The sacking of Carol Bartz last week made theatre of the most superior kind. Watching the former chief executive officer of Yahoo go down spitting obscenities was exhilarating in an immediate sort of way, but it also confirmed at least four of my most deeply held prejudices about life, work and language.
The first prejudice says: never trust anyone who uses the phrase "going forward." The e-mail Ms. Bartz sent to staff on Tuesday went like this: "To all, I am very sad to tell you that I've just been fired over the phone by Yahoo's Chairman of the Board. It has been my pleasure to work with all of you and I wish you only the best going forward. Carol."
At the time, various commentators applauded this message for being brief and straightforward. But I knew better. The "going forward" was a sure signal that Ms. Bartz would soon be going backward. Indeed, within 24 hours of her departure, she had given the most intemperate and ill-judged exit interview to the press I have ever seen from a chief executive.
The second prejudice of mine says that women leaders can be every bit as aggressive and foul-mouthed as men. Next time I hear diversity experts spouting their customary nonsense about female executives being consensual and nurturing, I will think of Ms. Bartz, incandescent with rage, ranting "these people fucked me over."
The third principle is that honesty can be a poor strategy, especially at work. Corporate life is based on a system of deals, and observing these is generally a better idea than speaking your mind. The deal with being CEO is that you get paid a lot to do the job, but if things don't go well, you get fired. When that happens, the deal is that you keep your mouth shut and your purse open to receive a ginormous pay-off. You don't tell a journalist that your former board colleagues were "doofuses." To do so might be honest, but it is also undignified and undermines the whole system.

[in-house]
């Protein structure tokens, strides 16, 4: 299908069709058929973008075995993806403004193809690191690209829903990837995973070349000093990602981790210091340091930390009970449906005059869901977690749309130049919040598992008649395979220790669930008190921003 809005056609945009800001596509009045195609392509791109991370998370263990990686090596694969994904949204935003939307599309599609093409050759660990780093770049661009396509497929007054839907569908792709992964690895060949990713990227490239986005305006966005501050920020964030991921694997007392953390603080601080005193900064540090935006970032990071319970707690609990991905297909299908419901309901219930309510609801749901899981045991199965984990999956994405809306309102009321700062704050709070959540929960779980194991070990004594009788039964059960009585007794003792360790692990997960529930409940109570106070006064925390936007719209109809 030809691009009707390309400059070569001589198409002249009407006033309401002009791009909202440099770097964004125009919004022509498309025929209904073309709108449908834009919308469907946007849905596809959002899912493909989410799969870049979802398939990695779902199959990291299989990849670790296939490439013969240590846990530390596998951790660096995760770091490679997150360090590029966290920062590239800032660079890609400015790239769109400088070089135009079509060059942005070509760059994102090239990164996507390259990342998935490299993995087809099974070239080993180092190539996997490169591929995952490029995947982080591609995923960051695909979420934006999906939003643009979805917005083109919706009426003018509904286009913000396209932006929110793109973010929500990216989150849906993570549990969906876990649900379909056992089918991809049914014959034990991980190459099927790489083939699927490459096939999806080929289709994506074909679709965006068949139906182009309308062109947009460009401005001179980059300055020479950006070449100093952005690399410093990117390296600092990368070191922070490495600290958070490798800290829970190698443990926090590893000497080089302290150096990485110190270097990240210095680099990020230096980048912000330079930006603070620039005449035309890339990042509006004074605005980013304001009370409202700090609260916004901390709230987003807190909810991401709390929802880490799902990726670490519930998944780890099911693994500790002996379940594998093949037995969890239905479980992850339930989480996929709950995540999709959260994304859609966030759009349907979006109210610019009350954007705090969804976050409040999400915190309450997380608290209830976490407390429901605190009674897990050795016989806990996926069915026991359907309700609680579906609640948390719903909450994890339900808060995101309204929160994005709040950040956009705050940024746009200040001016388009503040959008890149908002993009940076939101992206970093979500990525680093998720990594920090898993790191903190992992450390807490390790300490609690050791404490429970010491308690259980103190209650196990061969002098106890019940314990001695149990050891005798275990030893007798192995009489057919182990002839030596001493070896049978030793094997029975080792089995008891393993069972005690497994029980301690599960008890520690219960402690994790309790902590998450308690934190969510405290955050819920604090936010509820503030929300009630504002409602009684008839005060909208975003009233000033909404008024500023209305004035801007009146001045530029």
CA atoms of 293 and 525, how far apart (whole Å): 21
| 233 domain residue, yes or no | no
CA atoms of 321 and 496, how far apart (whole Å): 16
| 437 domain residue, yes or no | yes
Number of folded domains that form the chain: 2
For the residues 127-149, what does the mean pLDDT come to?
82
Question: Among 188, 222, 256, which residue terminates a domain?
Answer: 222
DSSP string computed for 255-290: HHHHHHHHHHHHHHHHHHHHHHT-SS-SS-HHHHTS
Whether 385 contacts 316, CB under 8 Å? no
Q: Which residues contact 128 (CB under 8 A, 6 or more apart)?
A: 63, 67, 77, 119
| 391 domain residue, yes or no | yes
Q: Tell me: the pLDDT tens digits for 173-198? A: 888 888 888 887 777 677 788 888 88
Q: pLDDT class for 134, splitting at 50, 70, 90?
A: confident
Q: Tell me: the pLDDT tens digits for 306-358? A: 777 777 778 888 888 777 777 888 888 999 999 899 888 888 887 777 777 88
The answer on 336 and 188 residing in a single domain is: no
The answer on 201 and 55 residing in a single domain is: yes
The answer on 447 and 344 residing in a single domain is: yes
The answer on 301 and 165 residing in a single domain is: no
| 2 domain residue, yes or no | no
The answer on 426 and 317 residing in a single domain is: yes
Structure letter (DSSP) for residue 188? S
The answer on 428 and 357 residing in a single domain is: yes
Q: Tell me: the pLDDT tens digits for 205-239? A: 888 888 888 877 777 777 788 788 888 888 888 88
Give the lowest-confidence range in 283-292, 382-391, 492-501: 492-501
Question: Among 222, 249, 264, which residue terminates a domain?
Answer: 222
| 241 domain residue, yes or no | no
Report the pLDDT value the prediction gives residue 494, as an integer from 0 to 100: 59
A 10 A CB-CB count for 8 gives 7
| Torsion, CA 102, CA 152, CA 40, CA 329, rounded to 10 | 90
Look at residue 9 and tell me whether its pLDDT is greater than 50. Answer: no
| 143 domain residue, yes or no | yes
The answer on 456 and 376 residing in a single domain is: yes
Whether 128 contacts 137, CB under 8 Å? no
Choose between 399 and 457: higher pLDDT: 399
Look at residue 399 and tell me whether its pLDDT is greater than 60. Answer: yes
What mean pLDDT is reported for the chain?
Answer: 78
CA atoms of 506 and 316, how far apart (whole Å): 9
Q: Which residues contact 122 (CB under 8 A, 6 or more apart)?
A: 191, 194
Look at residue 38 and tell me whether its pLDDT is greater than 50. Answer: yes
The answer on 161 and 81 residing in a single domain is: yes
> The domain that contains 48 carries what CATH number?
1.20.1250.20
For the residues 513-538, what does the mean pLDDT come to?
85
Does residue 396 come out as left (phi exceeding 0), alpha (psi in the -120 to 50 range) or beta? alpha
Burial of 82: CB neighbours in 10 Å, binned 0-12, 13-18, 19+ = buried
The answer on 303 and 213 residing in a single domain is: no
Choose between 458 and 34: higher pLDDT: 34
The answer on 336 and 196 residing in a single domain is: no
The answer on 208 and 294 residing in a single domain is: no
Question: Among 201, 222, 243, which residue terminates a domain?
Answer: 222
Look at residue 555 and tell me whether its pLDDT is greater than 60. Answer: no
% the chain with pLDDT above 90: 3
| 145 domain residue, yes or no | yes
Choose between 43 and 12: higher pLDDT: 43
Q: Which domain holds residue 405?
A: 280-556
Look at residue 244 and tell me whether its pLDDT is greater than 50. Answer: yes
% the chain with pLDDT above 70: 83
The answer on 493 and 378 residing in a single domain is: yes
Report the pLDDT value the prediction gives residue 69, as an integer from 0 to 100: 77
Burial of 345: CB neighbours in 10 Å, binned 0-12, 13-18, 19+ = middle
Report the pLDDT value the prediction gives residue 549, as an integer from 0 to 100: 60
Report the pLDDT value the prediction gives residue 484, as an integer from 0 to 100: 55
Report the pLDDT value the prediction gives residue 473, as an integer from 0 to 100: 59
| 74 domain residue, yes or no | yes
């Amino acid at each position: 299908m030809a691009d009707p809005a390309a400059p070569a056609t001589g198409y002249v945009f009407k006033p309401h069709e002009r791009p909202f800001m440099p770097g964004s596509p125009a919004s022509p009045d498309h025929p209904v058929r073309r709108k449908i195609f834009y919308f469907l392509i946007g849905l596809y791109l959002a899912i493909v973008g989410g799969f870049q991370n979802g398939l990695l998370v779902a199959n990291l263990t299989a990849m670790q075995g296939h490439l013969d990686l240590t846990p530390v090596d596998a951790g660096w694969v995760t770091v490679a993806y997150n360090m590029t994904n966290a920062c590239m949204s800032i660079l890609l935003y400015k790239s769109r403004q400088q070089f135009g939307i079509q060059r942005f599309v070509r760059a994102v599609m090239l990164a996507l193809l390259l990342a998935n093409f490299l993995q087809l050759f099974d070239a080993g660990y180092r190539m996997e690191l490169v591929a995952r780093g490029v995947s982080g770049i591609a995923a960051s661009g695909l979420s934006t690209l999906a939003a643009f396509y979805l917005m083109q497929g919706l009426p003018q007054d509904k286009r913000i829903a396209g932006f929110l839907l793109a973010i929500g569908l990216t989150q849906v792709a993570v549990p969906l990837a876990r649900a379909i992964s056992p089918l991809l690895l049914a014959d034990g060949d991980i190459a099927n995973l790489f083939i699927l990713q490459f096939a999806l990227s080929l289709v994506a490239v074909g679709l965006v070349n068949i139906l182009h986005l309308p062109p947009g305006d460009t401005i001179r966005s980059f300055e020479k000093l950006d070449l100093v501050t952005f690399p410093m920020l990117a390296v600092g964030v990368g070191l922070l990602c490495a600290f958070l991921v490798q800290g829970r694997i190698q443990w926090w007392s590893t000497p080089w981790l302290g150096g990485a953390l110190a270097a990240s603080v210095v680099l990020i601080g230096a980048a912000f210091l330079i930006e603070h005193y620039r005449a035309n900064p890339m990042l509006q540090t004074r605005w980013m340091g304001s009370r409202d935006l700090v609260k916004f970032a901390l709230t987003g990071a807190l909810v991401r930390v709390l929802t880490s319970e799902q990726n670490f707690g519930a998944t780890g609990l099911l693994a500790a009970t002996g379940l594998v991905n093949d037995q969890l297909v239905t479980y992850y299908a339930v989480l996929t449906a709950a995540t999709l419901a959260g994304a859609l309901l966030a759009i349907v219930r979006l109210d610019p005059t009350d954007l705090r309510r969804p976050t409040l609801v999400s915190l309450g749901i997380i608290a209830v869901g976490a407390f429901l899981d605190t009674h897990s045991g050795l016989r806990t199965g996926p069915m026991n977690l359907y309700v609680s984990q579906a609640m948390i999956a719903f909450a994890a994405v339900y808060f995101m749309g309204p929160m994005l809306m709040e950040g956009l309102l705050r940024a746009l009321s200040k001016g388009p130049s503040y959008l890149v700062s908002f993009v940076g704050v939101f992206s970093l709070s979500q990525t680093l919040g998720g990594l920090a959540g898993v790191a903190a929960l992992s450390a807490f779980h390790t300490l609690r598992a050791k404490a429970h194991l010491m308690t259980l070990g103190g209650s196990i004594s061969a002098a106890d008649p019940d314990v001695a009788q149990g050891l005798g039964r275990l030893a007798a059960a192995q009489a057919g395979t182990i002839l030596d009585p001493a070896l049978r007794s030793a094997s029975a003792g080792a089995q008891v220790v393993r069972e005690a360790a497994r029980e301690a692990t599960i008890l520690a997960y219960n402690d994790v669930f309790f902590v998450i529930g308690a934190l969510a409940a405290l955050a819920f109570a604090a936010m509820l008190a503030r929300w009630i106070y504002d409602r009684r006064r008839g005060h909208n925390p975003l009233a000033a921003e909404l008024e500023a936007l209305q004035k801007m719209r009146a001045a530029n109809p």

Indeed, in Ms. Bartz's e-mail to staff, the only bits that sounded good were the places where honesty took a back seat. She was evidently not "very sad" to relay the news to colleagues – she was livid. And surely it wasn't a "pleasure" to work with "all" the Yahoo workers – I bet she didn't enjoy working with the "doofuses" at all. And did she really wish them "only the best"? Or was she praying that whoever replaces her will make even more of a pig's ear out of running Yahoo than she did?
Yet she did well to fall back on these untruths: They are part of the necessary, comforting script that goes with departure. Things only started to unravel when she departed from it.
The fourth prejudice is about swearing. I'm strongly in favour of swearing at work, but only in the right circumstances. Swearing can reduce stress, be good for bonding and for signalling that you aren't a stuffed shirt.
However, it is always a mistake for CEOs to use the f-word in public, especially in the U.S. and especially to a journalist. It is only okay in an interview if one is 40 years younger than Ms. Bartz and in the music business.
As well as upholding my four prejudices, the Bartz farewell has encouraged me to adopt a new one. Sacking by phone may not be such a bad idea after all.
Until last week, I held the standard view that it's best to fire someone face to face as it shows more respect and so on. But now I'm thinking the chairman may have done her a favour in waiting until she was on the other side of the continent and then calling to read out his legal script. Ms. Bartz claims this lacked class, but I wonder if she really would have found it classier if he had looked her in the eye and said: "You're no good – off you go."
The main benefit of being sacked over the phone (or by e-mail or text message) is that it gives the person being fired something small and uncomplicated to visit their rage upon. To work yourself up into a froth of righteous indignation over the crass manner of the firing distracts you from the nasty, humiliating truth that you are deemed to have screwed up big time.
The only thing wrong with encouraging people to conduct sackings by phone is that it makes life much too easy for the sacker, who ought to be made to suffer, too.
But in this particular case, given Ms. Bartz's devotion to honesty, swearing and to anger, I'm not so sure. If the chairman had confronted her in person, axe in hand, she could well have wrested it from him and the play might have had an even more dramatic conclusion: Everyone might have been hacked to death.